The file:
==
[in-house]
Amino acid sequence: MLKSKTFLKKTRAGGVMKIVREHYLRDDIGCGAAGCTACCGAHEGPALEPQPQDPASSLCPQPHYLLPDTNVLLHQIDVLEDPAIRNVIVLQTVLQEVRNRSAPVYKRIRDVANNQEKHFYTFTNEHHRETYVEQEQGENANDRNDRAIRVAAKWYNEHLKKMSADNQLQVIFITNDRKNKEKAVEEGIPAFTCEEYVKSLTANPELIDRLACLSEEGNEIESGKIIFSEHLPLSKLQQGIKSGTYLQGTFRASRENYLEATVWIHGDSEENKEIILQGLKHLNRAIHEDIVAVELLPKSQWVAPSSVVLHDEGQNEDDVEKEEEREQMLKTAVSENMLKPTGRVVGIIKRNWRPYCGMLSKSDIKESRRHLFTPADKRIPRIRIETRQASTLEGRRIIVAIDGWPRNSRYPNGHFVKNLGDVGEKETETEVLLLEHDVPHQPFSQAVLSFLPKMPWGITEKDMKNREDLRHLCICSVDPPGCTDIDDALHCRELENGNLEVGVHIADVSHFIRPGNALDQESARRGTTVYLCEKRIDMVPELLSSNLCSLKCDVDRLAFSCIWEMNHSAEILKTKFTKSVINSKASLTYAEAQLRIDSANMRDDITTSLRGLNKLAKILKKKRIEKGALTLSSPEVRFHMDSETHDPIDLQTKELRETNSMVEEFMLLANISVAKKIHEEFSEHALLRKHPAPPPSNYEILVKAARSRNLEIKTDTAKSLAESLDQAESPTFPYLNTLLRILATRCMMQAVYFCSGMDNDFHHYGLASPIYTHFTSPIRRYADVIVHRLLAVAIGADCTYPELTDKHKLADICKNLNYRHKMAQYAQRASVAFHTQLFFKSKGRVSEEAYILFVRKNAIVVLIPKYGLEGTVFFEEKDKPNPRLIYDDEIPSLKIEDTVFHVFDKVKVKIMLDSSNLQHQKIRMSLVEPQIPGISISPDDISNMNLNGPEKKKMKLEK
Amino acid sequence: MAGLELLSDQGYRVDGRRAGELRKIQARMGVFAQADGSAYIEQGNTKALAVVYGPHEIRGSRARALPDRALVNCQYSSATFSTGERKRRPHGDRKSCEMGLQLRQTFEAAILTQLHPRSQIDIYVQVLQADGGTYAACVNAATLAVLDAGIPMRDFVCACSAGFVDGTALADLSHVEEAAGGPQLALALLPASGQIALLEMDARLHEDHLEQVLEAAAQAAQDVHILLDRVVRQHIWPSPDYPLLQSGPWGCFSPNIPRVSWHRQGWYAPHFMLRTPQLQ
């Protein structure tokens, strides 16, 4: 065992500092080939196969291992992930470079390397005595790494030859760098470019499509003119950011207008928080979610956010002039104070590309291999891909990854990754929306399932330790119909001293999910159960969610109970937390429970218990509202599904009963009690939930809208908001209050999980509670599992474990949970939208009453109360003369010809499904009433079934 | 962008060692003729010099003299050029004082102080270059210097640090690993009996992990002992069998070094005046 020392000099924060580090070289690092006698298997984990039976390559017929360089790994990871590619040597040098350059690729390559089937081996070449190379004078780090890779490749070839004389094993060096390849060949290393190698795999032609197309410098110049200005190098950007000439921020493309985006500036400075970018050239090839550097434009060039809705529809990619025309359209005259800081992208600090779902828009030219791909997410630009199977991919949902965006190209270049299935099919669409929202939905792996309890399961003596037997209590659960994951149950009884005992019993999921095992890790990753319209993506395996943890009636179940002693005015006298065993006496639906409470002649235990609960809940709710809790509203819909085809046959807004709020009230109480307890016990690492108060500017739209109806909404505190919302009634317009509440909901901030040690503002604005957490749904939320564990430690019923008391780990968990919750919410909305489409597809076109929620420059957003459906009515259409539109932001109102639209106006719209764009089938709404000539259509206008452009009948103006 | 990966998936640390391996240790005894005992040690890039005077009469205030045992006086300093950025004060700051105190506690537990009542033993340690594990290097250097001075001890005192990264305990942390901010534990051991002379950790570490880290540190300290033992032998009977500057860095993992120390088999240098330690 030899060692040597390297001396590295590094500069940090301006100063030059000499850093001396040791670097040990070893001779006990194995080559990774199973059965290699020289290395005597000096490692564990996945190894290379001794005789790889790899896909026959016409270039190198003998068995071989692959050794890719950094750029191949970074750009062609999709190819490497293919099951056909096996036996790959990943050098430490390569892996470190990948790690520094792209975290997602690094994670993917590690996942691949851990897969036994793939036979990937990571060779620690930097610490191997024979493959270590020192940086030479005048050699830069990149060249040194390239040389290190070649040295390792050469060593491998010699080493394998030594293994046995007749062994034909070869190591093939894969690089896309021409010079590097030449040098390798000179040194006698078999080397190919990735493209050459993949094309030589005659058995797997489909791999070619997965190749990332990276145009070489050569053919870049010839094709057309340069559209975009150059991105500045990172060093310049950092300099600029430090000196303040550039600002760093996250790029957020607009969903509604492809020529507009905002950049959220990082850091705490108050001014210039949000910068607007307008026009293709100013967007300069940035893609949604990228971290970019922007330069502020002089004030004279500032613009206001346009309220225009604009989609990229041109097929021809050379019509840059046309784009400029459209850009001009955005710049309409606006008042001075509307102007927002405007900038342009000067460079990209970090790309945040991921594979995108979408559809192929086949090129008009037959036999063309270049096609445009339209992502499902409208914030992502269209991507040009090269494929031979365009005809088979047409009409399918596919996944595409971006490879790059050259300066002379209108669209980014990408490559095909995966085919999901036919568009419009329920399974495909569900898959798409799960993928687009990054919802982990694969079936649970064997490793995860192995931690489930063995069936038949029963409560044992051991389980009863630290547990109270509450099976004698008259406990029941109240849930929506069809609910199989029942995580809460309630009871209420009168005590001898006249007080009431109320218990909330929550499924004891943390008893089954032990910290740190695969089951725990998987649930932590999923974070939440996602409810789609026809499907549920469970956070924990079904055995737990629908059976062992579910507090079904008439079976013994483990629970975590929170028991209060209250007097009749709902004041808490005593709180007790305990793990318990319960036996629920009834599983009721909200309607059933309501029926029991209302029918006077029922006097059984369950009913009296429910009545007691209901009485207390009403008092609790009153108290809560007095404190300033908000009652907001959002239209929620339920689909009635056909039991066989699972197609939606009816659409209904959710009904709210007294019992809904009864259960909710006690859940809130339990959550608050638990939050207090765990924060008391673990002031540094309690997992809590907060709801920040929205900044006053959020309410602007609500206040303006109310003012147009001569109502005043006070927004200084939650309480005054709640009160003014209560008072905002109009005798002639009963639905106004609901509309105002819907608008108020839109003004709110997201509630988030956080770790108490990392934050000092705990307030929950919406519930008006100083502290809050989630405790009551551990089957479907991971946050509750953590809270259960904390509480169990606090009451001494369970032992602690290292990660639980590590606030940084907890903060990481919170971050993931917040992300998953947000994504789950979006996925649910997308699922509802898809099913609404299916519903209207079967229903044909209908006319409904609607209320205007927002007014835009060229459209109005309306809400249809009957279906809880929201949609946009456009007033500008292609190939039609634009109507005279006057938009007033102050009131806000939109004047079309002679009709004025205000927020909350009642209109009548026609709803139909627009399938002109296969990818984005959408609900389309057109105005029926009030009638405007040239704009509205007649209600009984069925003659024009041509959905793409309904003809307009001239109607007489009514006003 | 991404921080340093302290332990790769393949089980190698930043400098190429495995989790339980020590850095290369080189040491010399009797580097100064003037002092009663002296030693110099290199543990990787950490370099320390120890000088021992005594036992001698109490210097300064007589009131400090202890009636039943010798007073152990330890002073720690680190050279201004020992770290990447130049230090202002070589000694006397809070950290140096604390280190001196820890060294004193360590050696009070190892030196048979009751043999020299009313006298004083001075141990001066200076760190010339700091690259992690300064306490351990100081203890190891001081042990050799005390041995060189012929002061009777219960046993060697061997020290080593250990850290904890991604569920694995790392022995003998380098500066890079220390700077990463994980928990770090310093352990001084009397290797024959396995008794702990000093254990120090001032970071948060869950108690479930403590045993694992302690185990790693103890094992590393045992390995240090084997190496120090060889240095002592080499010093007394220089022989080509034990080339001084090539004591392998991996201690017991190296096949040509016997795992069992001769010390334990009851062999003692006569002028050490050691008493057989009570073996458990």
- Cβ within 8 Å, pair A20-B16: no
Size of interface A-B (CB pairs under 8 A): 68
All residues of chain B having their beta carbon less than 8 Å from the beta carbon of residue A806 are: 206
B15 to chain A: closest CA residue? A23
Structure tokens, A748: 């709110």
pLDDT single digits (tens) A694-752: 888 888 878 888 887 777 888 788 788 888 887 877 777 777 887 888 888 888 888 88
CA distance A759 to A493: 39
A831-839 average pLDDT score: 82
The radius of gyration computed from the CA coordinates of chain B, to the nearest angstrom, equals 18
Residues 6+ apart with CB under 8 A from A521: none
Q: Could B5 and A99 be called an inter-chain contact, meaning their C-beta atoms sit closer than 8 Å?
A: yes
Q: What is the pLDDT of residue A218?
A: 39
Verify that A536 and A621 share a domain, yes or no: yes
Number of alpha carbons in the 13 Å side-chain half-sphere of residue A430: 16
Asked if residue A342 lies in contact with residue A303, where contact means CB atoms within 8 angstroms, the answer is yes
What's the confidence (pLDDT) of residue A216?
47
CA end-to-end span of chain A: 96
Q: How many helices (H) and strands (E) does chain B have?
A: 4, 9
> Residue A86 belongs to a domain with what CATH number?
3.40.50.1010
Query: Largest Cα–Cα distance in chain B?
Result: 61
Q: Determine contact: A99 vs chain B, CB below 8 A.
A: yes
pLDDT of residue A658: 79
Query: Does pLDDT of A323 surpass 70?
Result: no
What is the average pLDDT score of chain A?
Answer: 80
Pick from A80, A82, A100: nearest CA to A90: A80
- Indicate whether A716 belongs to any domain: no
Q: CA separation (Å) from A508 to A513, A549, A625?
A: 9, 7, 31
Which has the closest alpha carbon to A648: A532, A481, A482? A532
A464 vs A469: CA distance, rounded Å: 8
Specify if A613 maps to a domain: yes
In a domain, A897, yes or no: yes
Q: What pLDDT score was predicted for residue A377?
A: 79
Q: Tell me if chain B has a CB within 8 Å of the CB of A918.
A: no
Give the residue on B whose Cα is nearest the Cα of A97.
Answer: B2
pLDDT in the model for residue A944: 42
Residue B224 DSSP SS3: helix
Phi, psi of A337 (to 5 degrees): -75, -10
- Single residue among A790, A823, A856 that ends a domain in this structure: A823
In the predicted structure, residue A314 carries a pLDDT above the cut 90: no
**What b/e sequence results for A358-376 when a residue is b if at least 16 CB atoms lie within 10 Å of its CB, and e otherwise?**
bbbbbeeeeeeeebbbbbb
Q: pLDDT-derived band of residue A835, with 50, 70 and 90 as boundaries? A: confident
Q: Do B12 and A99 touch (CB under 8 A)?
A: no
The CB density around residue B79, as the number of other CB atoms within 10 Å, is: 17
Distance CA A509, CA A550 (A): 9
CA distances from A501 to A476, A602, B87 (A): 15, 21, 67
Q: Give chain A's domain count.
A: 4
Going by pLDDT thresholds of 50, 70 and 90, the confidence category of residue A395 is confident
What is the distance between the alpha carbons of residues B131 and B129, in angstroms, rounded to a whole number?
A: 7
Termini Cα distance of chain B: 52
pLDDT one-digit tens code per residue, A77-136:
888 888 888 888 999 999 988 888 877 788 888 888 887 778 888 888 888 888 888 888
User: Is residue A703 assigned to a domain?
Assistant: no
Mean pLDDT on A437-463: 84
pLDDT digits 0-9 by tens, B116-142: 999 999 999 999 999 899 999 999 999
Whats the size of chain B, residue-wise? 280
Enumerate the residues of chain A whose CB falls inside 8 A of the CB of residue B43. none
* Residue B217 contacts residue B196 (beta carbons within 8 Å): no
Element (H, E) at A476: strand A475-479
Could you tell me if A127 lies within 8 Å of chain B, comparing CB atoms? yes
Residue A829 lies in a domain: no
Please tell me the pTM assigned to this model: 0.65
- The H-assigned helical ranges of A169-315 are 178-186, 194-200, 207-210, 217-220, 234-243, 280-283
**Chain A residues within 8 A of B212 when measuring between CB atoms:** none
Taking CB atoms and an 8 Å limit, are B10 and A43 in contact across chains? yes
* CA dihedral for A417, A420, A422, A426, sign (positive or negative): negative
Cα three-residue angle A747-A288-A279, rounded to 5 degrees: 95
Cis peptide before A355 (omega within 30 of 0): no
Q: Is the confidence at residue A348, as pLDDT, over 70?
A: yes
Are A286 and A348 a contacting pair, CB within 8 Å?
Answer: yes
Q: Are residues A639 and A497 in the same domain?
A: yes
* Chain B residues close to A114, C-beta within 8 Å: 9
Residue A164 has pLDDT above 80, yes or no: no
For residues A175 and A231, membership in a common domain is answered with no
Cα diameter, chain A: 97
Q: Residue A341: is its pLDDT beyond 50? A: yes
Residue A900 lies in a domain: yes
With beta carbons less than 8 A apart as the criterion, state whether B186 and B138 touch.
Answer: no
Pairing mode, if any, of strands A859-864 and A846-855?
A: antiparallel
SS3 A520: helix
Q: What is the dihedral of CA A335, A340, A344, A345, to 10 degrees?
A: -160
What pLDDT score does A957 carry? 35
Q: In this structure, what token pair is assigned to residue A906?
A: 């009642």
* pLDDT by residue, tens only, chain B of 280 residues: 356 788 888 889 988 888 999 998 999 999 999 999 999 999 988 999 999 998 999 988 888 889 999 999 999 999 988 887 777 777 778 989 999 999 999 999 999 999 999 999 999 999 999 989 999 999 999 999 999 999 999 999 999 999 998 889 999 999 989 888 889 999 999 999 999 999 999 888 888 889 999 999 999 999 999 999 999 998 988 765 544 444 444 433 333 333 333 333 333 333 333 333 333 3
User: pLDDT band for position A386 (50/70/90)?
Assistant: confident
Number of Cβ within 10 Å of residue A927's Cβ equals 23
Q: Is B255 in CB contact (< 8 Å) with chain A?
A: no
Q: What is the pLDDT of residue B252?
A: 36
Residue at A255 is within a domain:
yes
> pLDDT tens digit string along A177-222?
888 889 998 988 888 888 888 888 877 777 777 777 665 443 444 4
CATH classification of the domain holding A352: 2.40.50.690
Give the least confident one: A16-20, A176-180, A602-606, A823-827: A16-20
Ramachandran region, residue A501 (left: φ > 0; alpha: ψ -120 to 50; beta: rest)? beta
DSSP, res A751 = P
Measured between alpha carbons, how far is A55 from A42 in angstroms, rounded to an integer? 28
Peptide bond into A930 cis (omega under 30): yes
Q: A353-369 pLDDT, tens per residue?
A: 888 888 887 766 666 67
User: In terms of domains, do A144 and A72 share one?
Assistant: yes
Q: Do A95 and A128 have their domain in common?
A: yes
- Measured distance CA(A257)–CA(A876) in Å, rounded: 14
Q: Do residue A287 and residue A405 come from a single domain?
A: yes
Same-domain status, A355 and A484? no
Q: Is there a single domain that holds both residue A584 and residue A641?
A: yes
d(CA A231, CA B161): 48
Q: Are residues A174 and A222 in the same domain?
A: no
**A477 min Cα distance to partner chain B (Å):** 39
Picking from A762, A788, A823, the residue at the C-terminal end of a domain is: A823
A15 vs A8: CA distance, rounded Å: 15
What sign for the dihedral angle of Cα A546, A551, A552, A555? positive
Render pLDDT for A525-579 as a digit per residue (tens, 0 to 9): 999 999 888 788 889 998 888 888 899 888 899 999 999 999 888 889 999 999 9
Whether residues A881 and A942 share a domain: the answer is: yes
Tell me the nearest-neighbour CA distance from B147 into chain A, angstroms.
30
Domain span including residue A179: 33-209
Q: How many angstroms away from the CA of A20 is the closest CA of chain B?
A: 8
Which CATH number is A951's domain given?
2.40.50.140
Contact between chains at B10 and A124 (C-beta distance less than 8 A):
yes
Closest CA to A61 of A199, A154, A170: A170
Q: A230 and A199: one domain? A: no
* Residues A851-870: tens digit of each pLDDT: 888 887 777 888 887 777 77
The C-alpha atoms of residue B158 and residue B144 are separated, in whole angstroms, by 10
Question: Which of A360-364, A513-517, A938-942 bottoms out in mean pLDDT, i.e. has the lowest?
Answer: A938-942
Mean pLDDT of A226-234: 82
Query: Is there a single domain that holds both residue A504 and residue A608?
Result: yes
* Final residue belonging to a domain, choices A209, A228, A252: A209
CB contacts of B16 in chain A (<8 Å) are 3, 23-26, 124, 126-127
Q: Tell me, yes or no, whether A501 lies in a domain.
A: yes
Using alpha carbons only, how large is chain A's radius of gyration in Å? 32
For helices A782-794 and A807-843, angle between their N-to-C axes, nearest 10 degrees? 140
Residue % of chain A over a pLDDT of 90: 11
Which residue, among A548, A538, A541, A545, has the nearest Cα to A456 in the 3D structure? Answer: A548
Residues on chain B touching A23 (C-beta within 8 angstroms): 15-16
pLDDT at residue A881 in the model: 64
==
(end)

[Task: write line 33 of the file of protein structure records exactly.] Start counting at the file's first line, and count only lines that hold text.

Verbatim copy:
pLDDT of residue A658: 79